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Intense Forms of Extreme Yoga

Intense forms of extreme yoga take the normally grounded practice to new heights.

By Mackenzie LuPublished 6 years ago 6 min read

Yoga is a physical, mental, and spiritual practice that is designed to better the body and mind. There are many different forms of yoga. The most popular schools of yoga are hatha yoga, jnana yoga, hot yoga, and bhakti yoga. Each form is designed to link the mind and body through various poses. Each form of yoga presents its own health benefits. More rigorous forms, such as hot yoga, raise your heart rate and have cardiac benefits. Slower forms of yoga, such as yin yoga, can greatly increase flexibility.

Yoga increases the sex drive, and can be utilized during tantric sex to add some excitement to bedroom routines. It also fights back pain, improves sleep, and tones muscles. Beyond the traditional and better-known schools of yoga are several more intense forms that only the daring practice. The following ten yogis have taken yoga practice to the extreme.

Stunt Bike Yoga

Image via Snappy Trends

Gugulotu Lachiram Naik, a professional stunt biker, first became inspired to create his own stunts when he saw the sport on television. He practiced for some time until he eventually decided to create his own unique stunt biking routine by combining his love of motorbiking with his love for yoga. “I saw people performing dangerous stunts on national television” Lachiram told interviewers at Barcroft Media. “I thought if they can do it why can’t I, so I started practicing yoga on my bike.” Although he admits that performing the stunts can be scary, he feels happy while doing it. He doesn't plan on stopping anytime soon, either. “I completely love doing stunts on my bike. I will continue to do so for the next 15 years.” Rather than using the traditional yoga pants, Gugulotu appears to sport simply jeans and a t-shirt. Miraculously, he has not been injured thus far.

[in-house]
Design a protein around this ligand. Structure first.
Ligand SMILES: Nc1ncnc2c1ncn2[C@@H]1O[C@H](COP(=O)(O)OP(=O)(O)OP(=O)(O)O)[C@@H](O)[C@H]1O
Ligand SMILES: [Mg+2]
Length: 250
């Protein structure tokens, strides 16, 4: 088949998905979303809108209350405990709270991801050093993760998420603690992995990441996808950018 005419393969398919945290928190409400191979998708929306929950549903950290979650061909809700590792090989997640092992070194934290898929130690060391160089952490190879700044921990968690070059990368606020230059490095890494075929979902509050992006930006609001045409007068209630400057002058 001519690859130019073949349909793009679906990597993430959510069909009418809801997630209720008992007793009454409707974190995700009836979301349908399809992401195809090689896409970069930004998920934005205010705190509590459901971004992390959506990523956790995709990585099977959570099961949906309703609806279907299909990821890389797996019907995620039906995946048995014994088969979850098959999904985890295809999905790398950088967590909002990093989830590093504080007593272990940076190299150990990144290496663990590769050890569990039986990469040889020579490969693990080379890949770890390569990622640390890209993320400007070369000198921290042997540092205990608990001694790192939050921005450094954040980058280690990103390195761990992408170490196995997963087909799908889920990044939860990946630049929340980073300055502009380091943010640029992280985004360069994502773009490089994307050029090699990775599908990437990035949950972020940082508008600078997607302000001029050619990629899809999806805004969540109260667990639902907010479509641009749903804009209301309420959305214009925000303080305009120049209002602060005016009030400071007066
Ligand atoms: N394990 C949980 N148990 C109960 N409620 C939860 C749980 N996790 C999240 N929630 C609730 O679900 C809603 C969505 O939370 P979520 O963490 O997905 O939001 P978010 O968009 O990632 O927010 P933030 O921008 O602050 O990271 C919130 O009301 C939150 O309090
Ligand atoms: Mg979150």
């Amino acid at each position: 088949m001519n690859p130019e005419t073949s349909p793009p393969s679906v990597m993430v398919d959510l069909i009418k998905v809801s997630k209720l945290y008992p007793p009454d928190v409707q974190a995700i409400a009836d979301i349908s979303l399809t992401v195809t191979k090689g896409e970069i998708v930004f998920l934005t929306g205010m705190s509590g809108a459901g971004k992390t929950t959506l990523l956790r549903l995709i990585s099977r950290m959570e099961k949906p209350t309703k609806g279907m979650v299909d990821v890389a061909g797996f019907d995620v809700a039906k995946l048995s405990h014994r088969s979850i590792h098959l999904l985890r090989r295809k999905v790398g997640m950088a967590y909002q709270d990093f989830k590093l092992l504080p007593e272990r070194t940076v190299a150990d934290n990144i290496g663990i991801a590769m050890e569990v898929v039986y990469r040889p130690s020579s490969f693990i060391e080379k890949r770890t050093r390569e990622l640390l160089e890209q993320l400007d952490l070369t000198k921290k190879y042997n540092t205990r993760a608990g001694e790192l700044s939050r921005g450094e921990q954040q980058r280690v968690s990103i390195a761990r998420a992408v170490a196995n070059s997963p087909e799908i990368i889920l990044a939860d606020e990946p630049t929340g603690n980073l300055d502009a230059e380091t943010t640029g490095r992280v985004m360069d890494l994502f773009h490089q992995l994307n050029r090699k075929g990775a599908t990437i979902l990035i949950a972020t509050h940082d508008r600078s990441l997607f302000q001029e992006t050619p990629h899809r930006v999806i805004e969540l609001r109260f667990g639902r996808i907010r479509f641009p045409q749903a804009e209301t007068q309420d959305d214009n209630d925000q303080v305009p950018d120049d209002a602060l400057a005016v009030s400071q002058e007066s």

Cliff Yoga

Image via Tumblr

Extreme artist Eskil Ronningsbakken travels the world to perform balancing acts over lethal drops such as this fjord. Ronningsbakken practices extensively for each act uses yoga, meditation, and breathing techniques to stay focused on his feats. Other impressive feats performed by Ronningsbakken include tightrope walking between two hot air balloons while they flew and doing a handstand on a pile of chairs that had been balanced on a rock wedged in the crevice of two 3,500 foot tall cliffs. He is currently creating a documentary to be aired in Scandinavia, which has required him to re-perform his feats dozens of times in order to allow the film crew to get enough shots.

Nail Bed Yoga

The nail bed is named Shakti, which means energy, power, creativity and compassion-all things that utilizing it are supposed to evoke. The bed of nails has been used for thousands of years for healing the body and relieving physical, mental, and emotional problems to heighten consciousness. The practice of using a nail bed to heal originated in Indian mysticism. Indian yogis have used this implement to attain perfection of the mind and body.

However, yoga over a bed of nails can be dangerous if you aren't properly balanced and centered both physically and mentally. Contrary to popular belief, the bed is not used as a demonstration of resistance to pain, but as a way to test and strengthen balance and the mind-body connection. It is unknown when exactly the bed of nails was first used, but Chinese scriptures dating back 4,000 years reference the use of nail treatments to balance the body and mind.